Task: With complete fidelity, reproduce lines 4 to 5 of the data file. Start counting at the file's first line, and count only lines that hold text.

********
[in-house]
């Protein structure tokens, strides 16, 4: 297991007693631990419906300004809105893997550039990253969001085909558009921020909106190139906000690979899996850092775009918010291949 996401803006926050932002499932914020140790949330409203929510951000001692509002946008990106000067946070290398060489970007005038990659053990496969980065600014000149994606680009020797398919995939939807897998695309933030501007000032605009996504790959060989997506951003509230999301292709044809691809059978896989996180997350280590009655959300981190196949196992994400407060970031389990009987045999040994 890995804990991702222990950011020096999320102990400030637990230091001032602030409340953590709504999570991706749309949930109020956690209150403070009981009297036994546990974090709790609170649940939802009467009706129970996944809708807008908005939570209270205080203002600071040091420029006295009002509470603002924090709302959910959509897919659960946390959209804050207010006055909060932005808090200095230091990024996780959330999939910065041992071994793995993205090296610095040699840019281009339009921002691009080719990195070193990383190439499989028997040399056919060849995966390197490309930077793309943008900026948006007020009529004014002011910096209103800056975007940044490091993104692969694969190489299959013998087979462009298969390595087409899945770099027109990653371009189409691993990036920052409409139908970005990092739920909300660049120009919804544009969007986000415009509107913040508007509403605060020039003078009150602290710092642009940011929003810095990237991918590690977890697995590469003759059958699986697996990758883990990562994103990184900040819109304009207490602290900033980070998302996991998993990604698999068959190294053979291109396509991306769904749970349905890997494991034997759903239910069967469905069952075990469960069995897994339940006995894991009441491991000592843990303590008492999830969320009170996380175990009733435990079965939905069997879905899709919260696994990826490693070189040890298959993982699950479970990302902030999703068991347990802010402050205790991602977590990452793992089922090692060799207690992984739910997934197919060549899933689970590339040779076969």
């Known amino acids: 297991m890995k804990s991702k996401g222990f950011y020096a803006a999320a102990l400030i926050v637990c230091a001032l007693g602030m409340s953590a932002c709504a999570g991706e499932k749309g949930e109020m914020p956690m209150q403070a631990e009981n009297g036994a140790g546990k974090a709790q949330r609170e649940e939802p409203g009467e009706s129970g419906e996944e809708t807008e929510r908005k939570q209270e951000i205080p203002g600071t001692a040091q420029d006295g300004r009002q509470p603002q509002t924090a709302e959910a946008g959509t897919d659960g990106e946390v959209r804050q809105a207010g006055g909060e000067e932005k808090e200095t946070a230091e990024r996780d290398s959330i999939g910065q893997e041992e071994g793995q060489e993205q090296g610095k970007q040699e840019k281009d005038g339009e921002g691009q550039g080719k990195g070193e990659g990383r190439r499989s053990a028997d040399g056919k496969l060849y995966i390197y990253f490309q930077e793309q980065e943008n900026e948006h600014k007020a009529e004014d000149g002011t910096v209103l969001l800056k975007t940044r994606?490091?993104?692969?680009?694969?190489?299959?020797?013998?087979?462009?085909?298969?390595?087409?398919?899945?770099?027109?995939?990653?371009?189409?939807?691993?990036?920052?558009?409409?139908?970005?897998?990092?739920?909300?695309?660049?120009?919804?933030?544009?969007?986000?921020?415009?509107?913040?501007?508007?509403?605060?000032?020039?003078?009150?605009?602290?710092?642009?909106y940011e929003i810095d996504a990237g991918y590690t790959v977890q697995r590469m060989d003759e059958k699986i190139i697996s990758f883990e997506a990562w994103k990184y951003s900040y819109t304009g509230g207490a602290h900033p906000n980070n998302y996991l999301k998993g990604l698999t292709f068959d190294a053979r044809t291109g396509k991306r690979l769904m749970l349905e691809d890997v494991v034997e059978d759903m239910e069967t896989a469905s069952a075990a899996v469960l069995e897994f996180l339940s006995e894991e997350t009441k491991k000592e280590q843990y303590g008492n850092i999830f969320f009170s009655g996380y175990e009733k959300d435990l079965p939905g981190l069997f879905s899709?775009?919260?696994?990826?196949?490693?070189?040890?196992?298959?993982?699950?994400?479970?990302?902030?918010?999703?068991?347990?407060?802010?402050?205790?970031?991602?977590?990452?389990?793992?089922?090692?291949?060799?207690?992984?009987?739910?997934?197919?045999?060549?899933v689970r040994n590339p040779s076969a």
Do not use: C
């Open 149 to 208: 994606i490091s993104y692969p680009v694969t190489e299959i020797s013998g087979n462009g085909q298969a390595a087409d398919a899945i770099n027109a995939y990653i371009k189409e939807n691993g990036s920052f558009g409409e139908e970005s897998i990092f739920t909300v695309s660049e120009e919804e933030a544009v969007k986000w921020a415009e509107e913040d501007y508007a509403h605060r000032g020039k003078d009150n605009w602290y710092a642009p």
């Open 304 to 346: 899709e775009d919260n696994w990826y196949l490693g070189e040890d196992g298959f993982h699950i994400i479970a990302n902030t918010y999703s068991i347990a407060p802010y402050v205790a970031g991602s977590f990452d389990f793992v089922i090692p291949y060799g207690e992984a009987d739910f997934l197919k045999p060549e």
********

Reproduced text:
Do not use: C
């Open 149 to 208: 994606i490091s993104y692969p680009v694969t190489e299959i020797s013998g087979n462009g085909q298969a390595a087409d398919a899945i770099n027109a995939y990653i371009k189409e939807n691993g990036s920052f558009g409409e139908e970005s897998i990092f739920t909300v695309s660049e120009e919804e933030a544009v969007k986000w921020a415009e509107e913040d501007y508007a509403h605060r000032g020039k003078d009150n605009w602290y710092a642009p």